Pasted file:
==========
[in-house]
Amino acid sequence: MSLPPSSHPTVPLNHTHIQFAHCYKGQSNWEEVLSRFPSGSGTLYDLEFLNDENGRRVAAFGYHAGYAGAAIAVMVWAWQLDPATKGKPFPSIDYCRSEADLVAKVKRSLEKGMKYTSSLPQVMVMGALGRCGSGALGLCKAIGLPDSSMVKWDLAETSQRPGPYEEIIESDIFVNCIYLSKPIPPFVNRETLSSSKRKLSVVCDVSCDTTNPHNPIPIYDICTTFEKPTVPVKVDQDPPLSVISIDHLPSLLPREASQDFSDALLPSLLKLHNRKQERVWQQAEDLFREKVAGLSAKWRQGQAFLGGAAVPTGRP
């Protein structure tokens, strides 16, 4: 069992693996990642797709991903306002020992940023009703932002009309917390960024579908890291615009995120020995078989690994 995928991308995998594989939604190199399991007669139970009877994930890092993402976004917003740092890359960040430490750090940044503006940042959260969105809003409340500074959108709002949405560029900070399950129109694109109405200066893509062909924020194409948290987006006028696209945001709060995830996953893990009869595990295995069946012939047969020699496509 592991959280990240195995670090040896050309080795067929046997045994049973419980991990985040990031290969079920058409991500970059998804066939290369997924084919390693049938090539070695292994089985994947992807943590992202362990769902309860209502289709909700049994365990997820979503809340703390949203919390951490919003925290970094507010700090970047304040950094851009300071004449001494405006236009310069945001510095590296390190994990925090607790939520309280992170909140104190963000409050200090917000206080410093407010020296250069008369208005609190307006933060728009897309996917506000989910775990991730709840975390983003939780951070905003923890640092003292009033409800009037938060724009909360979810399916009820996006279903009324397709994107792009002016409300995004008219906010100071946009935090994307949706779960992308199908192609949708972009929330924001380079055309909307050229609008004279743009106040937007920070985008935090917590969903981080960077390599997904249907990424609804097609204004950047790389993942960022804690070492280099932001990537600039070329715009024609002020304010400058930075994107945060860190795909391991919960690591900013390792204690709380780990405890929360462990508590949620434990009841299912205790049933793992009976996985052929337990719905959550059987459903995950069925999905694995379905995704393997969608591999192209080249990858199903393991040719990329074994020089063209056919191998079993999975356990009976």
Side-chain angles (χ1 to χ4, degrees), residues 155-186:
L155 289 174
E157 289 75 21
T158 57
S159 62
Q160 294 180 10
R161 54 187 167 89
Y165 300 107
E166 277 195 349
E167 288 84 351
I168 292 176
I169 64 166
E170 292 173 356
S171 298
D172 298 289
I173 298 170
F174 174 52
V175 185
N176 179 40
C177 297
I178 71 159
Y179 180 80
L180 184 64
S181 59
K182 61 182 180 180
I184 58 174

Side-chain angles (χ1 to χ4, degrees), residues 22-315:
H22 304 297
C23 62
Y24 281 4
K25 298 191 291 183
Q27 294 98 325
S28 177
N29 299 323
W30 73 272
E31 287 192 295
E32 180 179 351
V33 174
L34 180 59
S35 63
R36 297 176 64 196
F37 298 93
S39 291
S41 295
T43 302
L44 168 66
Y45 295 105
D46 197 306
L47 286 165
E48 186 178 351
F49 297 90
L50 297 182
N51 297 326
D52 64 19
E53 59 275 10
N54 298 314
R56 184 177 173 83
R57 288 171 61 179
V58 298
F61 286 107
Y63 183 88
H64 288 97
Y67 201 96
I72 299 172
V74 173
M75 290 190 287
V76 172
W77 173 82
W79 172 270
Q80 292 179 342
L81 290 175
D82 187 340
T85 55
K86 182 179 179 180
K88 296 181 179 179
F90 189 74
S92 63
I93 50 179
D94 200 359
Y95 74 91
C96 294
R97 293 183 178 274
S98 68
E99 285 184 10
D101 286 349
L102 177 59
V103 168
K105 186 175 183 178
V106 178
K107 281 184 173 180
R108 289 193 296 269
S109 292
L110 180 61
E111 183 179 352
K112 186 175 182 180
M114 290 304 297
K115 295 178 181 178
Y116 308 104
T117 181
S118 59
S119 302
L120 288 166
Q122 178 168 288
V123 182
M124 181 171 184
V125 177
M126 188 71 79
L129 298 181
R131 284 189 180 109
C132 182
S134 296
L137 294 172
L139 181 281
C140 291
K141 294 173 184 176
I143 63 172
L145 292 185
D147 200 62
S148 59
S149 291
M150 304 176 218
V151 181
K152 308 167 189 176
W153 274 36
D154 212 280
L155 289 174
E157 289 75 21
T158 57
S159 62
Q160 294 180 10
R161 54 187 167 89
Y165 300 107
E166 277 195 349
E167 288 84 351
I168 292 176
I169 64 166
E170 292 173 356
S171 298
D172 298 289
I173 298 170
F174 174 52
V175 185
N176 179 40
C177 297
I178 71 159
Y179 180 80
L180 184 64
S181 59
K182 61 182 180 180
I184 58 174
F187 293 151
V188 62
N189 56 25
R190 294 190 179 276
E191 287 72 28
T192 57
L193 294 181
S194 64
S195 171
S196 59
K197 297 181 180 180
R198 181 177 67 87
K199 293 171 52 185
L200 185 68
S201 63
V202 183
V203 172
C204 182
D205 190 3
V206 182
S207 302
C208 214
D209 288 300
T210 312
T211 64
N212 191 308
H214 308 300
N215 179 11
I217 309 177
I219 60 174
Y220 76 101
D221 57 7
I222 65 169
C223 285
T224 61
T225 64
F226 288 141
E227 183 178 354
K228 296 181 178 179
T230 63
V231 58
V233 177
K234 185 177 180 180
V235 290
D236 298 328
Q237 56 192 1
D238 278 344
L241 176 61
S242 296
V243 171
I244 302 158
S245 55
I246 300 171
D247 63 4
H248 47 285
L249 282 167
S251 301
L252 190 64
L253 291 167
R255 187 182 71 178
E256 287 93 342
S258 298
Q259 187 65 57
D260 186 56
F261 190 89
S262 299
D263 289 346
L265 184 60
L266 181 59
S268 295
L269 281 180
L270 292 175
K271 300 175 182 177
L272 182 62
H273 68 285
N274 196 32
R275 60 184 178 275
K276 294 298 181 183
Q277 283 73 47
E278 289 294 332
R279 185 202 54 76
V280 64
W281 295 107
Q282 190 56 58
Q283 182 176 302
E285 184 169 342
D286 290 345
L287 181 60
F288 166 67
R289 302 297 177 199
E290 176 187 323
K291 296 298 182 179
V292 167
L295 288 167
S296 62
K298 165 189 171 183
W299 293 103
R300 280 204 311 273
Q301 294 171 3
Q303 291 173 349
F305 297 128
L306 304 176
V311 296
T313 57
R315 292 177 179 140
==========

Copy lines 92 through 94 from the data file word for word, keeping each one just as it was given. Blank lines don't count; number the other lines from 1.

V106 178
K107 281 184 173 180
R108 289 193 296 269